Comments on: A social networking site is not an open access repository http://osc.universityofcalifornia.edu/2015/12/a-social-networking-site-is-not-an-open-access-repository/ University of California Fri, 16 Dec 2016 18:31:00 +0000 hourly 1 https://wordpress.org/?v=4.9.1 By: Katie Fortney http://osc.universityofcalifornia.edu/2015/12/a-social-networking-site-is-not-an-open-access-repository/#comment-54098 Fri, 16 Dec 2016 18:31:00 +0000 http://osc.universityofcalifornia.edu/?p=2160#comment-54098 Good question, Jesus.
They’ve changed their Terms of Use slightly since we wrote that post. You can see the old version on the Internet Archive’s Wayback Machine: https://web.archive.org/web/20151115163047/http://www.academia.edu/terms

It used to read, in the section “License Granted by Member”
By making Member Content available through the Site or Services, you hereby grant to Academia.edu a worldwide, non-exclusive, transferable, sublicenseable, perpetual, royalty-free license to reproduce, modify for formatting purposes, prepare derivative works based upon, publicly display, publicly perform, distribute, and otherwise use your Member Content in connection with operating and providing the Services and Content to you and to other Members.

The new version of that sentence says
By making any Member Content available through the Site or Services, you hereby grant to Academia.edu a worldwide, revocable, non-exclusive, transferable license to exercise any and all rights under copyright, in
any medium, and to authorize others to do the same, in connection with operating and providing the Services and Content to you and to other Members, provided that the Member Content is not sold for a profit.

So it doesn’t explicitly call out derivative works. But since “any and all rights under copyright” under US law includes the right to create derivative works (see Section 106 of the copyright code at https://www.copyright.gov/title17/92chap1.html#106), they still have that right. The limitation on not selling Member Content is new, and I’m glad to see that added.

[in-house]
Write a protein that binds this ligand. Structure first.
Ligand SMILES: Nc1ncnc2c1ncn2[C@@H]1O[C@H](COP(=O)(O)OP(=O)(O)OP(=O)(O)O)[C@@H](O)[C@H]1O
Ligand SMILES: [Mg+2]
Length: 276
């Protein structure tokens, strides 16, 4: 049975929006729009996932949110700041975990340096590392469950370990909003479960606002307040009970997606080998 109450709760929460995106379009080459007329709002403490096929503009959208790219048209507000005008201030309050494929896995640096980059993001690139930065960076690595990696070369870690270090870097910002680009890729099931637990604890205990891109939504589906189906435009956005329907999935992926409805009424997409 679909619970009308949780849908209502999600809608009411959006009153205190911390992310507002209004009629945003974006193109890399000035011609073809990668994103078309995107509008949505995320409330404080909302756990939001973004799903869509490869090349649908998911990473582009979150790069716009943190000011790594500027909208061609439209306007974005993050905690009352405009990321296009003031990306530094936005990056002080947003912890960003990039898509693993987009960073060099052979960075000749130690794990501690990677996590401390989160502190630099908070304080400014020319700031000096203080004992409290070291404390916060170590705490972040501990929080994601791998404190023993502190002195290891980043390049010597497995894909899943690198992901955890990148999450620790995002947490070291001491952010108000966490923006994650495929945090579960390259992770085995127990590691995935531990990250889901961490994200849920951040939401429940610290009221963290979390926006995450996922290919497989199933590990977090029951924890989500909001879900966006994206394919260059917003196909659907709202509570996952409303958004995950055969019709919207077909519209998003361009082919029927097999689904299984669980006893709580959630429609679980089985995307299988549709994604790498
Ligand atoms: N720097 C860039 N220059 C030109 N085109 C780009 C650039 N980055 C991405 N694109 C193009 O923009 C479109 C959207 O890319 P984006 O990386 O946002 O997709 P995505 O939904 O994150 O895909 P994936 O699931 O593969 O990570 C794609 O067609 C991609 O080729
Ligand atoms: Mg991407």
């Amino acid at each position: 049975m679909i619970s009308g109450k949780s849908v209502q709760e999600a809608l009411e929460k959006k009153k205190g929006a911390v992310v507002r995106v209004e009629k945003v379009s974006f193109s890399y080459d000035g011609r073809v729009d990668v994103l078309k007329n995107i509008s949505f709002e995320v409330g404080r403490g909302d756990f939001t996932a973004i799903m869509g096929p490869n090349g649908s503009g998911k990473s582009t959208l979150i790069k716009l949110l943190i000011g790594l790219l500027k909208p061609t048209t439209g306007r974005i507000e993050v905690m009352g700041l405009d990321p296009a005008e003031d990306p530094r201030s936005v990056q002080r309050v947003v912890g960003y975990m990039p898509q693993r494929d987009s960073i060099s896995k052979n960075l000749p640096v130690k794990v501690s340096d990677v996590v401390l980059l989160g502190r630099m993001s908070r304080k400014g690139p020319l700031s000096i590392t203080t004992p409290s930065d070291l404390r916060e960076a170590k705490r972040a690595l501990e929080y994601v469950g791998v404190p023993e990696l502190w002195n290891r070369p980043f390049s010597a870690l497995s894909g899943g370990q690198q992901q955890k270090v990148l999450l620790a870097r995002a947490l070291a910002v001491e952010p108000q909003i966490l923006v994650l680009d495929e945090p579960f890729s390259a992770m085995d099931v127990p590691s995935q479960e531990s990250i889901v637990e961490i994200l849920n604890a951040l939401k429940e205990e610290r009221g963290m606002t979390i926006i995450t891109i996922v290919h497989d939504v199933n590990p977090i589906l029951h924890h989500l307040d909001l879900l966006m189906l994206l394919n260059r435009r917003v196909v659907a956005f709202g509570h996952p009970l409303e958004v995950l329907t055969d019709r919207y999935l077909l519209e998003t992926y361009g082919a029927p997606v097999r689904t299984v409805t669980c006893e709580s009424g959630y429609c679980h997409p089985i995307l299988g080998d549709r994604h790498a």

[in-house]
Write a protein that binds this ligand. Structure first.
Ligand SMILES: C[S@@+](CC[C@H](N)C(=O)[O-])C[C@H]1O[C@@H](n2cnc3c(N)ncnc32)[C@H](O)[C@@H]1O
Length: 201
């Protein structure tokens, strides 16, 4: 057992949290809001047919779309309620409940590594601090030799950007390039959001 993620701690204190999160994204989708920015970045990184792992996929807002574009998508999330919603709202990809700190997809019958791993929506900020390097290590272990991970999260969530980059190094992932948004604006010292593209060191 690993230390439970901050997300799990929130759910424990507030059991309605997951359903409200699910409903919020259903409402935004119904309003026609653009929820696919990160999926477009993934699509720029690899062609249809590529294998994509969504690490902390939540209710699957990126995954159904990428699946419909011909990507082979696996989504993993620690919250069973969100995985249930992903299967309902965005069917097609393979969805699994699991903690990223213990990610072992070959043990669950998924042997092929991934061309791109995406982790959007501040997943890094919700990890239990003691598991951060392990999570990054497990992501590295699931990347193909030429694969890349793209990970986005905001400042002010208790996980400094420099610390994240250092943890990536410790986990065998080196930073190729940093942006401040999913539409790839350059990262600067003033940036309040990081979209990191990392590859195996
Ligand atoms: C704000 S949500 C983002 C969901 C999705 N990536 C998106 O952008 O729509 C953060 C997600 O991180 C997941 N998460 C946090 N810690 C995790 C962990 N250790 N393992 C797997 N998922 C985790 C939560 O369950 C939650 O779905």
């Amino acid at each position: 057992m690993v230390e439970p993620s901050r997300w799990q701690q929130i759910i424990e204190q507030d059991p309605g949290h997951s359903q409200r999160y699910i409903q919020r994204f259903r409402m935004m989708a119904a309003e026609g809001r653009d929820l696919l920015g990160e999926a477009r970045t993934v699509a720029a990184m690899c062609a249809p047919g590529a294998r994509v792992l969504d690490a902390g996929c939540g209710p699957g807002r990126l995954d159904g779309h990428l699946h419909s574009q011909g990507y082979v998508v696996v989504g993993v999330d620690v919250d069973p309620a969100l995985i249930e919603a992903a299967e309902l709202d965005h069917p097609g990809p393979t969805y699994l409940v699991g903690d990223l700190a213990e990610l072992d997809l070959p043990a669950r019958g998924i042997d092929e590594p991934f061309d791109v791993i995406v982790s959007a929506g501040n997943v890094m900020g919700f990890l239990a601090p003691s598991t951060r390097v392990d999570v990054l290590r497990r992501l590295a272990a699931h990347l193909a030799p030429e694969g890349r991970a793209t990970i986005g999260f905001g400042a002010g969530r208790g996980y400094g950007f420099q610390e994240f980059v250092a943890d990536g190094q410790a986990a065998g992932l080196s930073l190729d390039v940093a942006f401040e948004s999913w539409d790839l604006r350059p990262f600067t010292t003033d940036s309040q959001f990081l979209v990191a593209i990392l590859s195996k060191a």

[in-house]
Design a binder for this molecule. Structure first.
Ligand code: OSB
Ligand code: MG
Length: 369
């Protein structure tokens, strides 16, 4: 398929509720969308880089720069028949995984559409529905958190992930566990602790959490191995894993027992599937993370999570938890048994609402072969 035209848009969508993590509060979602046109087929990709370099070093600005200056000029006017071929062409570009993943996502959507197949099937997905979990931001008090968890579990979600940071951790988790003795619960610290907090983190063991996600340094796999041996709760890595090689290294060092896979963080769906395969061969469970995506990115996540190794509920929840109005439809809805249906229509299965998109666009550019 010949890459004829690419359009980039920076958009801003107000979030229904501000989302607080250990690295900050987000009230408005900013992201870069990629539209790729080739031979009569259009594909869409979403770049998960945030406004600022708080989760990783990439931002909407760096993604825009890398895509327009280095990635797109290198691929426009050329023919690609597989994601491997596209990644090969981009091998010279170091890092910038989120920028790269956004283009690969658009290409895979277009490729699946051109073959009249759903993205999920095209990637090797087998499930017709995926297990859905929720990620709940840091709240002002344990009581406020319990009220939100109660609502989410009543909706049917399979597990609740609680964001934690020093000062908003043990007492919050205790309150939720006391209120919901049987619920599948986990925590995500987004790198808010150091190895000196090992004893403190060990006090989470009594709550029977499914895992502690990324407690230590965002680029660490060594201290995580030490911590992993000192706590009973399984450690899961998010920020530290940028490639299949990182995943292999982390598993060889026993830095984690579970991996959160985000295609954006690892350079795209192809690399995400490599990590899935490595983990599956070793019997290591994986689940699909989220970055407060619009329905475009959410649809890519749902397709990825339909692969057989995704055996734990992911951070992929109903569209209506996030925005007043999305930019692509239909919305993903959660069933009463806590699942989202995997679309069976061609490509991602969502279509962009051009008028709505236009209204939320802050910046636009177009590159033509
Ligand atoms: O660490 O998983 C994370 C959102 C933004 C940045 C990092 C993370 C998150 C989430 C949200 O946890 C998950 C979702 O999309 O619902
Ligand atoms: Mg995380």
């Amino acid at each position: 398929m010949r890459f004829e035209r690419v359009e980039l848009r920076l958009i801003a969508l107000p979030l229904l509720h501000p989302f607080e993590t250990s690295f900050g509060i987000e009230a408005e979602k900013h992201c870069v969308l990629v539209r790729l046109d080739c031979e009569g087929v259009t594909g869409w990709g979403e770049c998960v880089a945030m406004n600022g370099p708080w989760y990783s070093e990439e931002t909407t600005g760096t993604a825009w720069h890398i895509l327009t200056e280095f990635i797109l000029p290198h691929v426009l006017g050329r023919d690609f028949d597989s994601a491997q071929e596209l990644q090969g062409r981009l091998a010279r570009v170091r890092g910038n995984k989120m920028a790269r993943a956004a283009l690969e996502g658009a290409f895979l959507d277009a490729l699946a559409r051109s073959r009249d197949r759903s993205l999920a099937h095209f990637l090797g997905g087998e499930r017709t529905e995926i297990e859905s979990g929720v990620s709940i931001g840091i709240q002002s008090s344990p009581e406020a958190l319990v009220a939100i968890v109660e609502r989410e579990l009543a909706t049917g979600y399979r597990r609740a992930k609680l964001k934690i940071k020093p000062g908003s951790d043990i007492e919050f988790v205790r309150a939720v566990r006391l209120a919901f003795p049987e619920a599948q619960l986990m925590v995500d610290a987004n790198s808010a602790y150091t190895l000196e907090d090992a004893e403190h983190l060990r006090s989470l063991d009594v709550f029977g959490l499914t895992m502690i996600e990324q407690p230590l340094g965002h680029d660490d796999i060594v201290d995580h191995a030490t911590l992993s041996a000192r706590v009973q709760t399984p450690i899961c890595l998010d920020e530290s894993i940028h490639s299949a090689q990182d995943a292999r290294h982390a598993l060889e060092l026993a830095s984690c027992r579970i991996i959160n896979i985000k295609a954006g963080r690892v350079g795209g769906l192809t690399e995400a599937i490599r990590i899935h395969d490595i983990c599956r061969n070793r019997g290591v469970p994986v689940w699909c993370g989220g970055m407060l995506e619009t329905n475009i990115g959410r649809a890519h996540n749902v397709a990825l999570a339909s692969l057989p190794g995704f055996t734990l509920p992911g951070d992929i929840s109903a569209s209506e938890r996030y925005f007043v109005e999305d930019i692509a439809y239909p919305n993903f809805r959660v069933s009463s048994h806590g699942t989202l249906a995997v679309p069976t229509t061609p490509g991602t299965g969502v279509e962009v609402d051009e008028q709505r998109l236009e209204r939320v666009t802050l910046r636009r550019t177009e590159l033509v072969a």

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By: Jesus Alonso-Regalado http://osc.universityofcalifornia.edu/2015/12/a-social-networking-site-is-not-an-open-access-repository/#comment-54097 Fri, 16 Dec 2016 17:58:00 +0000 http://osc.universityofcalifornia.edu/?p=2160#comment-54097 I just read your great post titled “a social networking site is not an open
access repository” At some point in this post, you mention that the terms of use of academia.edu give this company a license to make derivative works based on articles users upload to the site. I just could not find this information here https://www.academia.edu/terms

I’d appreciate if you could let me know where you found it. Thanks!

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By: J. Albert Bowden II http://osc.universityofcalifornia.edu/2015/12/a-social-networking-site-is-not-an-open-access-repository/#comment-54088 Fri, 29 Jan 2016 14:22:00 +0000 http://osc.universityofcalifornia.edu/?p=2160#comment-54088 understand your point, but GitHub breaks the mold of the headline. You can use it for anything you want, and it falls under the social networking moniker.

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By: David Crotty http://osc.universityofcalifornia.edu/2015/12/a-social-networking-site-is-not-an-open-access-repository/#comment-54086 Tue, 08 Dec 2015 00:16:00 +0000 http://osc.universityofcalifornia.edu/?p=2160#comment-54086 One thing perhaps worth mentioning is that some publishers have very different policies regarding reuse of articles, encouraging reuse in institutional and subject repositories, but specifically forbidding reuse on for-profit commercial repositories. One example is Elsevier:nhttps://www.elsevier.com/connect/elsevier-updates-its-policies-perspectives-and-services-on-article-sharingnAccording to their policy, non-commercial repositories can host the full text of the Authors Manuscript version of articles, but commercial hosts cannot do so unless they have signed an agreement with Elsevier (and to my knowledge, neither ResearchGate or Academia.edu has done so).nnSo where such policies are in place, researchers may be in danger of violating these terms of service when they post an article on a commercial site, but no such problem exists for institutional repositories.

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